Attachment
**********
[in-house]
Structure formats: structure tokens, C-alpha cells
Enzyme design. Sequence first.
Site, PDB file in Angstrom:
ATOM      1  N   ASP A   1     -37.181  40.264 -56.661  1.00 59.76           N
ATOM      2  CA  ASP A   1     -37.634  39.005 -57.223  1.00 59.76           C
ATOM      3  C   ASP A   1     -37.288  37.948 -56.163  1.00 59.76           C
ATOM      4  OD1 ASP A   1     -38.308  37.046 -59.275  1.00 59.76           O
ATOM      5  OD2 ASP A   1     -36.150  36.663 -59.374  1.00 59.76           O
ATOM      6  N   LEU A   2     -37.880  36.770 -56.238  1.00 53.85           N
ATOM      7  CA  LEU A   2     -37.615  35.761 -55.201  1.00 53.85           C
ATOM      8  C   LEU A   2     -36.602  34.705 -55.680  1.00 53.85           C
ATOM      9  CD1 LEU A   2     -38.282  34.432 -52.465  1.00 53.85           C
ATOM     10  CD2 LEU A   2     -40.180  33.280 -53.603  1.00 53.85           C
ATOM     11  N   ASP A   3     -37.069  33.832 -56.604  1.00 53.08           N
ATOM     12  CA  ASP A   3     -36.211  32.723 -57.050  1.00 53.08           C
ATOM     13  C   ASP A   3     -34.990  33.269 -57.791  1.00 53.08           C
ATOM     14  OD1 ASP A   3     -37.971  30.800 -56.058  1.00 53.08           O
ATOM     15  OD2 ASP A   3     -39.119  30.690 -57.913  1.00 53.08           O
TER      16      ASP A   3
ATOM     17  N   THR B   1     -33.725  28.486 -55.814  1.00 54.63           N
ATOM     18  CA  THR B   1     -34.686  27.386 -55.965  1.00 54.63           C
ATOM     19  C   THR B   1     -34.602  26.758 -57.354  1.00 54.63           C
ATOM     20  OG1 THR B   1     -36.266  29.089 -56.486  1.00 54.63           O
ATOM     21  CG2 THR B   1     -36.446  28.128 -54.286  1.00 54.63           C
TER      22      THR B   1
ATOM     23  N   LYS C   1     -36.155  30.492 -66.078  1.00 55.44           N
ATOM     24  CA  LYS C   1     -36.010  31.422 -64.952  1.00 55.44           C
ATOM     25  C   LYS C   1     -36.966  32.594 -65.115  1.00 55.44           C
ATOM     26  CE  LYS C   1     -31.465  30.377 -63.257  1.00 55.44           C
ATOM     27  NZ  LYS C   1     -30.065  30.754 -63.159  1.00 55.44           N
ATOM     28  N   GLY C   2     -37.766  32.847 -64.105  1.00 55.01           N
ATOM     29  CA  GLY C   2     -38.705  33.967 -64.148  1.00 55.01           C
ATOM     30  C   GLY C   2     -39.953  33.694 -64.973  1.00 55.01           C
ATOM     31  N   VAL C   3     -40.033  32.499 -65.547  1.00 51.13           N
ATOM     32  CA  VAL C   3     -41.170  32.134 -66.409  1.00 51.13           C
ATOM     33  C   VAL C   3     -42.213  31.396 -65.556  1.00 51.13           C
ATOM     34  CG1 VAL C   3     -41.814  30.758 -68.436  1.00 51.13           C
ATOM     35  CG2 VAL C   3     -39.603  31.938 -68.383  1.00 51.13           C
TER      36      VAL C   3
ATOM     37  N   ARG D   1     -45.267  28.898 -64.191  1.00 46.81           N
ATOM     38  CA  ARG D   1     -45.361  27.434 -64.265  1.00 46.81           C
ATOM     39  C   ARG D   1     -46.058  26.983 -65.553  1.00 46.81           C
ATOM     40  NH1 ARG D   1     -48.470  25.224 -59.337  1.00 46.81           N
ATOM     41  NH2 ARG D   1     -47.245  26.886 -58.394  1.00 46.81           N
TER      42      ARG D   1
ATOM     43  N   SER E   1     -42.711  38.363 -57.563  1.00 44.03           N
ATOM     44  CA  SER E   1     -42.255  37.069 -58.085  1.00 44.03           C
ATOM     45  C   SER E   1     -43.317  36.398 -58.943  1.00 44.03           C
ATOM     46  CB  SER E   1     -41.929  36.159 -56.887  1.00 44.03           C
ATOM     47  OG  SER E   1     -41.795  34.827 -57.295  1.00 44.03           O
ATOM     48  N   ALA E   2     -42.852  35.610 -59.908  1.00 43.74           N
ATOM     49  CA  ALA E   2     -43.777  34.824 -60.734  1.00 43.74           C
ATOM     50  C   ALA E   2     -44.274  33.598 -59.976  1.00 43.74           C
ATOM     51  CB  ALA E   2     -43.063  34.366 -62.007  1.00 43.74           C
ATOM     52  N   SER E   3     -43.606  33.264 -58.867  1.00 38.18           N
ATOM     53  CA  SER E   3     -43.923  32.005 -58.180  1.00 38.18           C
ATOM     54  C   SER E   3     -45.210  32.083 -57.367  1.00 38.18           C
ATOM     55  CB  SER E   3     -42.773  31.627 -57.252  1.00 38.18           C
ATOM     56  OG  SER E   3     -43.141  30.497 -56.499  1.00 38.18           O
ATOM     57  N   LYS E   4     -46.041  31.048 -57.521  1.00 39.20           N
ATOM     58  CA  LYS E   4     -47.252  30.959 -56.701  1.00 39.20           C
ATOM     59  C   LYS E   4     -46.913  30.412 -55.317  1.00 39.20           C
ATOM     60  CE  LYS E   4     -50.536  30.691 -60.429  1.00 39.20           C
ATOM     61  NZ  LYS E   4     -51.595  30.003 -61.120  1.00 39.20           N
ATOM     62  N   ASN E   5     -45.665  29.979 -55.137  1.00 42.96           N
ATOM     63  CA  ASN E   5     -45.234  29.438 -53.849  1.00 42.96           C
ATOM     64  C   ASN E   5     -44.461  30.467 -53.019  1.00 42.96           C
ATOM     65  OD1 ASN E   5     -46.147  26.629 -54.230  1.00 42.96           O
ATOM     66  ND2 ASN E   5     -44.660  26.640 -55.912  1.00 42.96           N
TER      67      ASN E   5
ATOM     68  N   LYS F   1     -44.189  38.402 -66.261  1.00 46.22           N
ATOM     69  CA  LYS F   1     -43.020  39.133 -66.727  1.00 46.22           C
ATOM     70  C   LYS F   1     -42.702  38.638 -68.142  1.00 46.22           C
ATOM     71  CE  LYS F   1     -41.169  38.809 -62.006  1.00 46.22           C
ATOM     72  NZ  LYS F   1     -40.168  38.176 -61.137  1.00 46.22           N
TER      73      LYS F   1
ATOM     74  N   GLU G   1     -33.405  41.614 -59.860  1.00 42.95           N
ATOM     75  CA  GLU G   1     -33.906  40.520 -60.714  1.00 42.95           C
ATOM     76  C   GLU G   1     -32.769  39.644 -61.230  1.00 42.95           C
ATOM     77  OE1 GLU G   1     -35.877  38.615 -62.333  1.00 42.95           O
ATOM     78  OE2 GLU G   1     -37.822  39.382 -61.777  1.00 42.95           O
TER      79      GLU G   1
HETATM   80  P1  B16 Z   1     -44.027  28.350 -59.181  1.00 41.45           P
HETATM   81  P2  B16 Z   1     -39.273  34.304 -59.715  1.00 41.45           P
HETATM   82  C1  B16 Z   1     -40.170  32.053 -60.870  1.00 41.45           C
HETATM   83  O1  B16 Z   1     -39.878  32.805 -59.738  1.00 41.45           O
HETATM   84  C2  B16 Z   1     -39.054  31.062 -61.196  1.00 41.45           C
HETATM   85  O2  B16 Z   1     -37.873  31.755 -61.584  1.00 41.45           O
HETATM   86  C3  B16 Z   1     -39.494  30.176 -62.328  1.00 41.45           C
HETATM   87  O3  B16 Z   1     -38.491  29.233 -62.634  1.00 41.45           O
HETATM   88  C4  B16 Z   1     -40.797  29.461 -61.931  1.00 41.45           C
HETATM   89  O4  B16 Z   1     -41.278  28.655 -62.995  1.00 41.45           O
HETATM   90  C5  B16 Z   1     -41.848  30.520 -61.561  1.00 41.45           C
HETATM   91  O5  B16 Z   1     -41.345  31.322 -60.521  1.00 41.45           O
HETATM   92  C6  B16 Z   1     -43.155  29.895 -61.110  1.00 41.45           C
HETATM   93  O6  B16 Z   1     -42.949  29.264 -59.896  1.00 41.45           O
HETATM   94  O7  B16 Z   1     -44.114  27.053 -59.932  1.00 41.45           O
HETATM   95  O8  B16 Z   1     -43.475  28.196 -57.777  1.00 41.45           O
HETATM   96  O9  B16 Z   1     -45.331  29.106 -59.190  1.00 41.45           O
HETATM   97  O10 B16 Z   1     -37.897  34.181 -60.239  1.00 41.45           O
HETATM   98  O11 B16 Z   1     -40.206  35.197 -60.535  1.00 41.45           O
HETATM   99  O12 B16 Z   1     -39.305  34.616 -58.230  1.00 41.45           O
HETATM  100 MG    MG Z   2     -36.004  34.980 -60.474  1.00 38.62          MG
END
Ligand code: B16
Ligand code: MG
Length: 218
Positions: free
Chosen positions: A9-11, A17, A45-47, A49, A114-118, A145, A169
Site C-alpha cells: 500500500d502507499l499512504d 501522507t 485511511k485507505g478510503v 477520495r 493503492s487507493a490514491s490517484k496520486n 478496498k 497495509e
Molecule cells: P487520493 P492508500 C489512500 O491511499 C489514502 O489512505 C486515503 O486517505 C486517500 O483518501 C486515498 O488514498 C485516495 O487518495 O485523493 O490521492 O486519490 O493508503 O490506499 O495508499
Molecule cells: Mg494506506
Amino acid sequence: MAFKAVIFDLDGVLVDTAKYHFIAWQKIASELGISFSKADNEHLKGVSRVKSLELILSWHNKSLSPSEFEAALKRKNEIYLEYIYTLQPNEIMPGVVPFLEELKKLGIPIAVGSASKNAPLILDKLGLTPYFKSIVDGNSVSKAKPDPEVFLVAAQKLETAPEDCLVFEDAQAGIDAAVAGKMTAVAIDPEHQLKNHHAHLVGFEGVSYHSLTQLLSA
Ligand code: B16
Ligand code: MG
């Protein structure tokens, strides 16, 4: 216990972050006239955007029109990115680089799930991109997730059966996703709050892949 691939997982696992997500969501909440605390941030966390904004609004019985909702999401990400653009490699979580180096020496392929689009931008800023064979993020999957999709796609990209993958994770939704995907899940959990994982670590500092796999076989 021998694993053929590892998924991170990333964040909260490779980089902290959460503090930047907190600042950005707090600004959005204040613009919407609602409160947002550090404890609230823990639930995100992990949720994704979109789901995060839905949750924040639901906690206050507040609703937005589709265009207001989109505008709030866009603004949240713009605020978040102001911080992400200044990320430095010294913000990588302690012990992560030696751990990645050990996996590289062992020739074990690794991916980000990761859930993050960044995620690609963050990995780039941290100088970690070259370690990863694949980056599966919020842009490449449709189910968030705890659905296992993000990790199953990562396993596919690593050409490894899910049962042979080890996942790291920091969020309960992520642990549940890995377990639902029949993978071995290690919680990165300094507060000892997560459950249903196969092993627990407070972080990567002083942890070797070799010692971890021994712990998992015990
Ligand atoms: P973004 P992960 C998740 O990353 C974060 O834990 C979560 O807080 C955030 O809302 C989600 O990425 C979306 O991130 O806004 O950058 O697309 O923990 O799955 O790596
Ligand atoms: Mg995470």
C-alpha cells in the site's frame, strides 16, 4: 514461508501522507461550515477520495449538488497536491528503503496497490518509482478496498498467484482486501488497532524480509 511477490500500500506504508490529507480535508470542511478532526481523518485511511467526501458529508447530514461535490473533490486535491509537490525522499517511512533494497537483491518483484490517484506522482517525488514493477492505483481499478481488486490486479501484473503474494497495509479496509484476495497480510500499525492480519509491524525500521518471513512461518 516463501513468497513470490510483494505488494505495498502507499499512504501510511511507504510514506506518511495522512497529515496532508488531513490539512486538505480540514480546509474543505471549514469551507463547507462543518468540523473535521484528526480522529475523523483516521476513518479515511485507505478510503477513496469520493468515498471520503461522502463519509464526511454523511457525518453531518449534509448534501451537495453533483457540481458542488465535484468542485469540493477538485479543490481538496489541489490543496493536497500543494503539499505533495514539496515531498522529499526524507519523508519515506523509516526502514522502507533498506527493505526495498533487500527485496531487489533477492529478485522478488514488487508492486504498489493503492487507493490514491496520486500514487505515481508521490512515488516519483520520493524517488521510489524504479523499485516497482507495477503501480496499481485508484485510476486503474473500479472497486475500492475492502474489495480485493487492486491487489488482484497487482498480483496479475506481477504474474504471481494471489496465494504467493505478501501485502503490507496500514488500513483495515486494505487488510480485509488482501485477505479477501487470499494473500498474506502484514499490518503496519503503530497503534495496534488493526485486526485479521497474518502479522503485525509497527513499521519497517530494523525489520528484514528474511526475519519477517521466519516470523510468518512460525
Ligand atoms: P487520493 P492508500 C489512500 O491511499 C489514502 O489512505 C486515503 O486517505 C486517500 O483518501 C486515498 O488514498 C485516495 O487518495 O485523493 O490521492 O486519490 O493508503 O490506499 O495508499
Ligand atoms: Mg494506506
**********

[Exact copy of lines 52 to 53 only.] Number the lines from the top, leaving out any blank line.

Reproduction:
ATOM     48  N   ALA E   2     -42.852  35.610 -59.908  1.00 43.74           N
ATOM     49  CA  ALA E   2     -43.777  34.824 -60.734  1.00 43.74           C